One of the first things people coming from Windows notice about Linux is the different way the drives, directory structure and files are ordered/displayed. Both operating systems use what is called a hierarchial directory structure. All this means is that files are arranged in a tree-like structure with directories containing subdirectories and files, subdirectories containing subdirectories and files, branching downward into more complexity like an upside-down tree.

Click on the filenames below or read on to learn about the linux system;

                                            /
                                            |                                                
---------------------------------------------------------------------------------------------       
|       |     |     |      |      |      |    |     |     |     |       |     |      |      |                                   
/bin   /boot    /dev  /etc    /home   /lib  /media  /mnt   /opt  /root    /sbin    /srv   /tmp   /usr    /var                                  
                    |      |             |    +                                      |      |
   ------------------      |             +    |      --------------------------------|      |
   |             ----------|             |    -      |            -------------------|      |
   |             |         |             -    |      |            |      ------------|      |
   |             |         |             |    +      |            |      |           |      |         
   |             |         |             +    |      |            |      |           |      |         
/etc/init.d  /home/usera  /home/userb       |    -   /usr/bin  /usr/include  /usr/share  /usr/src  /var/run  
                           |             |    |                          |
                           |             -    |                          |
        -------------------|             |    +            --------------|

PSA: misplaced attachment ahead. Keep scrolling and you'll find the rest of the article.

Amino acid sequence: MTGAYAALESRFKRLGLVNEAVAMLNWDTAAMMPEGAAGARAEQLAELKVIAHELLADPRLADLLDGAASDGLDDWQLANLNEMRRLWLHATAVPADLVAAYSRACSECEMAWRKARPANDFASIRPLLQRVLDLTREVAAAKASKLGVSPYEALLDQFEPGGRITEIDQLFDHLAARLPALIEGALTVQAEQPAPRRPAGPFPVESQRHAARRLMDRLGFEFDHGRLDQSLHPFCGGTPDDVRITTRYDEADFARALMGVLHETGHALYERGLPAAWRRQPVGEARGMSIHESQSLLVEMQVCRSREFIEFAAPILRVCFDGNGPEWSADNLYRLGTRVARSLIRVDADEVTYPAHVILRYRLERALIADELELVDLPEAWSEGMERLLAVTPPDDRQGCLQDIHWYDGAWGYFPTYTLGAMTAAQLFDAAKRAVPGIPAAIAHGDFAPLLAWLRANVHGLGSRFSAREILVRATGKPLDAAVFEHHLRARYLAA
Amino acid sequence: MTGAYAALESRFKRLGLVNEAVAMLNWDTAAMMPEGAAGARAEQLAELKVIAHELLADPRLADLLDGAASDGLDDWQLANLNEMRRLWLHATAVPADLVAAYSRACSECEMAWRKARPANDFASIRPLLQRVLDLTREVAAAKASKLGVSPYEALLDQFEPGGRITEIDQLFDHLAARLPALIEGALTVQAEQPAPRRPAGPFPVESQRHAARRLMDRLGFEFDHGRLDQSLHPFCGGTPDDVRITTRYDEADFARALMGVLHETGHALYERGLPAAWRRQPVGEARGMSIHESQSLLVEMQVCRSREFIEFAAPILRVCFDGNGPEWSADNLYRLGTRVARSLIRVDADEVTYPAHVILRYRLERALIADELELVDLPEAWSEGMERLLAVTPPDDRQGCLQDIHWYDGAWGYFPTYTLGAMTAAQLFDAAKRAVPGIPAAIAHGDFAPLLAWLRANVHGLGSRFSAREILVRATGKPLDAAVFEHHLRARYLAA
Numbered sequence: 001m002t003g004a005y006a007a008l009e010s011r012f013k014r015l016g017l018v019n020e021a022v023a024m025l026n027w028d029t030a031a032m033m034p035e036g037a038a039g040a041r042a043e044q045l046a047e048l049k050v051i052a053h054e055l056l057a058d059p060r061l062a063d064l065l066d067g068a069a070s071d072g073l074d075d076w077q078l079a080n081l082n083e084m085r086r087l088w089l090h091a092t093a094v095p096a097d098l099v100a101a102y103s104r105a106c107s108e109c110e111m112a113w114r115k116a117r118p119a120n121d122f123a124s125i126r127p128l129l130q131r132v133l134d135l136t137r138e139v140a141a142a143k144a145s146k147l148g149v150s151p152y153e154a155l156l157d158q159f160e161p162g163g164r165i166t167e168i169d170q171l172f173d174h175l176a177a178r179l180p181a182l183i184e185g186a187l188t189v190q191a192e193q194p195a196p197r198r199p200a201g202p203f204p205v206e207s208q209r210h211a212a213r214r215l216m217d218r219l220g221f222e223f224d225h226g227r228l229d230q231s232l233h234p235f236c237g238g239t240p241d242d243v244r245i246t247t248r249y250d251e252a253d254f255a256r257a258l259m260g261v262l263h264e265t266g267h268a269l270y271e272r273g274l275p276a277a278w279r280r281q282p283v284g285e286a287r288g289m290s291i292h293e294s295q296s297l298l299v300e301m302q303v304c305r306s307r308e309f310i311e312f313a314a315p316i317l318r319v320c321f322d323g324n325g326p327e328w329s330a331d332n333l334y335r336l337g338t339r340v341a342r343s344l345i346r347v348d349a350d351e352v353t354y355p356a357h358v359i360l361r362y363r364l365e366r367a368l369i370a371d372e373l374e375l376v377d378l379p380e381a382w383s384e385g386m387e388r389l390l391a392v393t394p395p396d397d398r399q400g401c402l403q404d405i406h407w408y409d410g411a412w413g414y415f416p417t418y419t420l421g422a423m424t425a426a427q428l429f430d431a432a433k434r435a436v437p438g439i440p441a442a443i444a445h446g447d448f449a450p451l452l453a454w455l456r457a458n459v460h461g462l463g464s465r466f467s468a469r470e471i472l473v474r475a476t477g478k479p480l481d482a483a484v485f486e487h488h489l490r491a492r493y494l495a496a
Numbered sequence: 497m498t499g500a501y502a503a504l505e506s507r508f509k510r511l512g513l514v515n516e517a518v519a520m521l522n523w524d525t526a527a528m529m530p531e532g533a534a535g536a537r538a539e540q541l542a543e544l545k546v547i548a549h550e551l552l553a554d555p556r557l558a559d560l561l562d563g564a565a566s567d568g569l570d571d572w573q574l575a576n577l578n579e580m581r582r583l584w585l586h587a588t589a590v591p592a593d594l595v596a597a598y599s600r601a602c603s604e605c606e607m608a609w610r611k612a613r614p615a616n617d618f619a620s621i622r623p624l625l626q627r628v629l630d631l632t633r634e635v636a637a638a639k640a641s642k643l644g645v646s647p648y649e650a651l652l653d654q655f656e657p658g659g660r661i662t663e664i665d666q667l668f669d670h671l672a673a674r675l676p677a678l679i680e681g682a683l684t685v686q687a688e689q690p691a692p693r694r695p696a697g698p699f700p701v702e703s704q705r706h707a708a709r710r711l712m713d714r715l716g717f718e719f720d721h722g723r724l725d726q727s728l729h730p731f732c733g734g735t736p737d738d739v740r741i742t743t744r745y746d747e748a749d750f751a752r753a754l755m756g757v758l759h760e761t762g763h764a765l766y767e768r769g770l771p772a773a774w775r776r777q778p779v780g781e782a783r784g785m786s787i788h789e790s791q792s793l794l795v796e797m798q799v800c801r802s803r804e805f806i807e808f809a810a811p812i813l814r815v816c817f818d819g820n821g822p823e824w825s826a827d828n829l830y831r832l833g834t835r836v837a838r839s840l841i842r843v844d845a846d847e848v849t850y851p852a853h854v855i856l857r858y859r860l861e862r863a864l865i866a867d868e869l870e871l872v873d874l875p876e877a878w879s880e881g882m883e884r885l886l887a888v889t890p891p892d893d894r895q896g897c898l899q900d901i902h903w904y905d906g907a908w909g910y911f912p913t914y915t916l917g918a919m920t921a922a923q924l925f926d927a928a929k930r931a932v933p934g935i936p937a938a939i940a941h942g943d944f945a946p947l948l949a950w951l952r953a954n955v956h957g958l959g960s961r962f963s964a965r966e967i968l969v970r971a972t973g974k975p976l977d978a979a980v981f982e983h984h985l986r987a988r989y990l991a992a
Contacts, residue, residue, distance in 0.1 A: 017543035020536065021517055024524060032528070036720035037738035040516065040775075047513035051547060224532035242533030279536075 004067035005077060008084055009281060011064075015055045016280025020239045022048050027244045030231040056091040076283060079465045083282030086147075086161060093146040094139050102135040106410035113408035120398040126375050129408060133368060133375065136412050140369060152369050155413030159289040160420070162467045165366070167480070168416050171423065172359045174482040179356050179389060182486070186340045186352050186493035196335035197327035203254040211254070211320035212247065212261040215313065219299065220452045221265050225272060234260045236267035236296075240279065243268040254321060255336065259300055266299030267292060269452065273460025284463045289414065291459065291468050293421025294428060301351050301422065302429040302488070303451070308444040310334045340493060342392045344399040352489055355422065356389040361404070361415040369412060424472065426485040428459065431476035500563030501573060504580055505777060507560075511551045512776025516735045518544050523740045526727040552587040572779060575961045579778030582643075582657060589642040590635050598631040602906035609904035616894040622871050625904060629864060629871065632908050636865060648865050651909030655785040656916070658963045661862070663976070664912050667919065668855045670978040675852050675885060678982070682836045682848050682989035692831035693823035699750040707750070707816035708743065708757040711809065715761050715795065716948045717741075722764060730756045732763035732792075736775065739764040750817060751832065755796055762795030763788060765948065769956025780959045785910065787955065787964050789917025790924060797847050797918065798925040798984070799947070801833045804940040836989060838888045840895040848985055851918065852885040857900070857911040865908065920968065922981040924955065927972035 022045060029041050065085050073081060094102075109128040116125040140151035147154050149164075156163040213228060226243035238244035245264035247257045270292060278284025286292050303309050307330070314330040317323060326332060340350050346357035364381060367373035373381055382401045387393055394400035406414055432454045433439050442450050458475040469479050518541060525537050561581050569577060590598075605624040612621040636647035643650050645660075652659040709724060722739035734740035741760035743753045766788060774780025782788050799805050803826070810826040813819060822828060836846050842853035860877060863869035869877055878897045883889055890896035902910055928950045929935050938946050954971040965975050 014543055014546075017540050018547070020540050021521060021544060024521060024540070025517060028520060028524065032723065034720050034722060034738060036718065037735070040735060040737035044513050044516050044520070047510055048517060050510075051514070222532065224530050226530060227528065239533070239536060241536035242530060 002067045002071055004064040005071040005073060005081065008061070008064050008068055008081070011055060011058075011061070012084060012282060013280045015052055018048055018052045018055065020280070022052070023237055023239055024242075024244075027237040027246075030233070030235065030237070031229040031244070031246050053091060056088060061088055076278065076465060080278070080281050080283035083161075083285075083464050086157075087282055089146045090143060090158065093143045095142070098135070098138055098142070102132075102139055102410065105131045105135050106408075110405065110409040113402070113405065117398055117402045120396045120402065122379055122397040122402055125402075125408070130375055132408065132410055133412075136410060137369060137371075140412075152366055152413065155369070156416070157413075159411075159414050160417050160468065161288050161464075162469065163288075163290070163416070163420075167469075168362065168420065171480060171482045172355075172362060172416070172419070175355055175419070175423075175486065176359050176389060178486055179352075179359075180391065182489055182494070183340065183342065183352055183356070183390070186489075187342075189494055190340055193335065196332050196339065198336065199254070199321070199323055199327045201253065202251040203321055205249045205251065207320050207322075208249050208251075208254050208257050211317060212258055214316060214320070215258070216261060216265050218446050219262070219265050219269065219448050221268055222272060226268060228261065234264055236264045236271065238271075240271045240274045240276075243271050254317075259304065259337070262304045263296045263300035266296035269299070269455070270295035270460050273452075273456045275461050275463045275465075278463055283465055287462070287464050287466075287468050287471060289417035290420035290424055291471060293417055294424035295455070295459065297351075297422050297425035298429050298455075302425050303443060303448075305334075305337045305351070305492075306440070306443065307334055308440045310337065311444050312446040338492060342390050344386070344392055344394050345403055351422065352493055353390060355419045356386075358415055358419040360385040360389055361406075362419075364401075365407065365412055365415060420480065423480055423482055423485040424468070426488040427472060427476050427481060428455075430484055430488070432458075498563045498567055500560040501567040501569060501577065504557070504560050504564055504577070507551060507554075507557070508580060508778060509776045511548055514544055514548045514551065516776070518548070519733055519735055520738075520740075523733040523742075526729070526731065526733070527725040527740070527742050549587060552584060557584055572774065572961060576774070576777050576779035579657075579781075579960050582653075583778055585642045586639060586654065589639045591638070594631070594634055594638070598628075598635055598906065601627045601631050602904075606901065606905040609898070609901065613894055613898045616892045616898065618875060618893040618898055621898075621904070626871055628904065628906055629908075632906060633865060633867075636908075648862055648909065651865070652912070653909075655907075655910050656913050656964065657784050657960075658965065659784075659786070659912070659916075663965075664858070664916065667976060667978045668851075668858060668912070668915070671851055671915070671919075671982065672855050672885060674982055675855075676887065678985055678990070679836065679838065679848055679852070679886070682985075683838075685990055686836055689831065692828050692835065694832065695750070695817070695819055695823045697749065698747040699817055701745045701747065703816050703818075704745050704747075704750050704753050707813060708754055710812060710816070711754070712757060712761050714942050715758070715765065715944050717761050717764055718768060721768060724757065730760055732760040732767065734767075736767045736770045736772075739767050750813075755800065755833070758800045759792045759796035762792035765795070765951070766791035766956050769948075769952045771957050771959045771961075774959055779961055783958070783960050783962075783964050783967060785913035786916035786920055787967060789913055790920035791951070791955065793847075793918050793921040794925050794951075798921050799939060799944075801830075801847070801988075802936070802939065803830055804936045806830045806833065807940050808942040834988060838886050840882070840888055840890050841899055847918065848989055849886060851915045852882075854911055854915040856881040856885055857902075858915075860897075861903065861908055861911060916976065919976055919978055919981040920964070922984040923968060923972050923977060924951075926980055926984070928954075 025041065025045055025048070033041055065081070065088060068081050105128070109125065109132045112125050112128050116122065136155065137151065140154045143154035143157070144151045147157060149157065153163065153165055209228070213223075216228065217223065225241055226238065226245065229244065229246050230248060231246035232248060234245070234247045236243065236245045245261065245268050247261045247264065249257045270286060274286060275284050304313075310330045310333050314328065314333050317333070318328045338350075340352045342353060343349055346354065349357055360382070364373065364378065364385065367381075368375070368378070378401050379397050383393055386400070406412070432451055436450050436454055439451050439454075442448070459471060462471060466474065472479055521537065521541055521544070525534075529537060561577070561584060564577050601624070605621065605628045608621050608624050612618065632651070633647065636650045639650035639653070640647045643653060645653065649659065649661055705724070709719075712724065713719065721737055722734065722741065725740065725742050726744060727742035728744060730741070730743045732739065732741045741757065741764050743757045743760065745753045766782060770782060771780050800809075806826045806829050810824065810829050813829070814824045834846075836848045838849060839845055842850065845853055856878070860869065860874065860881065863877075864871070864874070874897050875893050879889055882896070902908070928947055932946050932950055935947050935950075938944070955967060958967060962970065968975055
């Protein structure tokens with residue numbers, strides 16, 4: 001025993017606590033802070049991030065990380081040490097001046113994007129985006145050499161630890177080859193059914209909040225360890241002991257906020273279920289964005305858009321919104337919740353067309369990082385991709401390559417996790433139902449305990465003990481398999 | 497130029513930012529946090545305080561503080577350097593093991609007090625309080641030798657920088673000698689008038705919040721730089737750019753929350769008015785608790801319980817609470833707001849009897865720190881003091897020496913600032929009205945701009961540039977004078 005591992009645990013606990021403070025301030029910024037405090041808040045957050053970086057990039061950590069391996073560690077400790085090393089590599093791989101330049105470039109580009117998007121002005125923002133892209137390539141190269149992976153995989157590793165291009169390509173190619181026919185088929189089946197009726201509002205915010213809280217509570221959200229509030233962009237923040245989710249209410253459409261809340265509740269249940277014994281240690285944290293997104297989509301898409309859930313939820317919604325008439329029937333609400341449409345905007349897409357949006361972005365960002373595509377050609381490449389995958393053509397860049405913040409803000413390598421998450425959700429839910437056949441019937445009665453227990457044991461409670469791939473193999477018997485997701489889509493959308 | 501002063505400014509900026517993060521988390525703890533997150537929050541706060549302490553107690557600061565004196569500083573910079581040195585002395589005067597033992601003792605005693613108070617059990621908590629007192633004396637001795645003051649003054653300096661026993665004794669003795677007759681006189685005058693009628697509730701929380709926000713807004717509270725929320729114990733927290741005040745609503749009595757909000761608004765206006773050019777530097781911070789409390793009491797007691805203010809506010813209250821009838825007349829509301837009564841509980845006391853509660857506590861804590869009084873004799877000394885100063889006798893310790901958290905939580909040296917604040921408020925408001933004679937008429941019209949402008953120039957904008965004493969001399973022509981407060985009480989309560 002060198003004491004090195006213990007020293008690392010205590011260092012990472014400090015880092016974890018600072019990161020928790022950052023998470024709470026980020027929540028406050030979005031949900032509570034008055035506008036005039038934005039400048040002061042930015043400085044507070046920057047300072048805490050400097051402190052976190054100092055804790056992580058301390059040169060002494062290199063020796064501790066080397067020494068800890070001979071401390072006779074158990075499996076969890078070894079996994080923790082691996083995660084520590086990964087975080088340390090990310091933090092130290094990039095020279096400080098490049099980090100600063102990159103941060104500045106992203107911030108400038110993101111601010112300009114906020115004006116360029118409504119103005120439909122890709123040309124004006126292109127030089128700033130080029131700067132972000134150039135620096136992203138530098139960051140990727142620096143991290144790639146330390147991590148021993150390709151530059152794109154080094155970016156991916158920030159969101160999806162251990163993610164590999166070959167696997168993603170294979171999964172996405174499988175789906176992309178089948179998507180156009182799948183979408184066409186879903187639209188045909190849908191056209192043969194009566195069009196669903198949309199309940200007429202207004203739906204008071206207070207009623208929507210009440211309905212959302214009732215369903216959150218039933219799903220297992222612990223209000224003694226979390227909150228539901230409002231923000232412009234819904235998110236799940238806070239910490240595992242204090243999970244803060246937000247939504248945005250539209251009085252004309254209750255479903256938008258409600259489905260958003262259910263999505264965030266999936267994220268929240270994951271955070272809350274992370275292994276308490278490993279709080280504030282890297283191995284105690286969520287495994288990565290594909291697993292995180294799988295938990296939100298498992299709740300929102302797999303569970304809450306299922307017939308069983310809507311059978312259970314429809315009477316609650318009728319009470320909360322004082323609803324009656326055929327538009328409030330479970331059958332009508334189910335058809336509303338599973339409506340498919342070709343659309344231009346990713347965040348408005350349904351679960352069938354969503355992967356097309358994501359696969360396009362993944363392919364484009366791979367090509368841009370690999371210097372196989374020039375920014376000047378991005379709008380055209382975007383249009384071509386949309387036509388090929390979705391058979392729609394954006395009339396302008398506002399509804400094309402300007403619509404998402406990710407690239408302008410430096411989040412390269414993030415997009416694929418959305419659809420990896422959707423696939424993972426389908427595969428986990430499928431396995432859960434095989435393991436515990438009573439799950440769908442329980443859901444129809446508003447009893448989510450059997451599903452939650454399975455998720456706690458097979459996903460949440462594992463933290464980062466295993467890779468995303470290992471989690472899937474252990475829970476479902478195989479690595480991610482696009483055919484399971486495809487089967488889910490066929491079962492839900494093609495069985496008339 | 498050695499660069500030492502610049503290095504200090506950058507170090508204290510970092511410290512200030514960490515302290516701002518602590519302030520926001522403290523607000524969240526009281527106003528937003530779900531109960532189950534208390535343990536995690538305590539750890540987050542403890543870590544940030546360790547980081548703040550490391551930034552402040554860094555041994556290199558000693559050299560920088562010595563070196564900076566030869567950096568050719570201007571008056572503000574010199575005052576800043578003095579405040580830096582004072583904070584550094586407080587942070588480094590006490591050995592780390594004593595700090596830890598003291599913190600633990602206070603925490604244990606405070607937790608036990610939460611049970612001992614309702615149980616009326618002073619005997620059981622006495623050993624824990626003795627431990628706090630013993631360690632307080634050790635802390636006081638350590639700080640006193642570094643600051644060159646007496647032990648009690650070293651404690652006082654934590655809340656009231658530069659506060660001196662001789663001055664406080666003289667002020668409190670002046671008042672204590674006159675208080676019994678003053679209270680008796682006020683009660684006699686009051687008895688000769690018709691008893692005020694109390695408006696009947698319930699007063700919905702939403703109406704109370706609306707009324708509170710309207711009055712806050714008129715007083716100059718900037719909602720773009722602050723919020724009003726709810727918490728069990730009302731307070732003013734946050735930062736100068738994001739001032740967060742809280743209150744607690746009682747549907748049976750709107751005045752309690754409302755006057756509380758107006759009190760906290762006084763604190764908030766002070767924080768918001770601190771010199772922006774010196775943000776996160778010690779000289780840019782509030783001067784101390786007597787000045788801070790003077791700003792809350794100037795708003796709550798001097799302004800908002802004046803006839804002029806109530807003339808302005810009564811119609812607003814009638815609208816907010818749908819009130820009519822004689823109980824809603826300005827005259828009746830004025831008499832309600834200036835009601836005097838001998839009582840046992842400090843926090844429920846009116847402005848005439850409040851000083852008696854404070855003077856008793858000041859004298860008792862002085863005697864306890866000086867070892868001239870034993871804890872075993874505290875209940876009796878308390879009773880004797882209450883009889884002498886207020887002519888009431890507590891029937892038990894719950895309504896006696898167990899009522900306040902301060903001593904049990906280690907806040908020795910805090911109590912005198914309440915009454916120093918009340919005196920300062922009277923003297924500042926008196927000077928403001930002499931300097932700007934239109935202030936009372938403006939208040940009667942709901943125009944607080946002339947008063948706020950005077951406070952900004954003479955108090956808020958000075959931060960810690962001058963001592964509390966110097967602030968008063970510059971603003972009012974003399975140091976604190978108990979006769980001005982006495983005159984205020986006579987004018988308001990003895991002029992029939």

|                  |             +    |            |             |
        |                  |             |    |            |             |
home/userb/pictures  home/userb/Desktop  |    -     /usr/share/doc   /usr/share/man 
                                         -    | 
                                         |    +
                                         |    |
                                      Floppy Help
                                      Flash devices                                  
                                      Camera Help 

Basics

One of the major things that people must get used to when switching to Linux is where it stores programs. Windows tends to store most programs in C:/Program Files, and people have a hard time finding their installed programs in Linux because it stores them in many places. These can be grouped into two main groups:
1. The first group contains the system and normal user binary folders. Most applications store their executable binary (similar to an exe) in one of these folders. They are /bin , /usr/bin and /usr/local/bin.
2. The second group is where the "administration" applications are stored. You typically need super user (root) permissions to execute one of these executables. These directories are /sbin and /usr/sbin.
3. Finally, some users prefer to install softare and add-on packages that are not part of the default installation into the /opt directory.


References; http://tldp.org/LDP/Linux-Filesystem-Hierarchy/html/c23.html

http://www.pathname.com/fhs/pub/fhs-2.3.html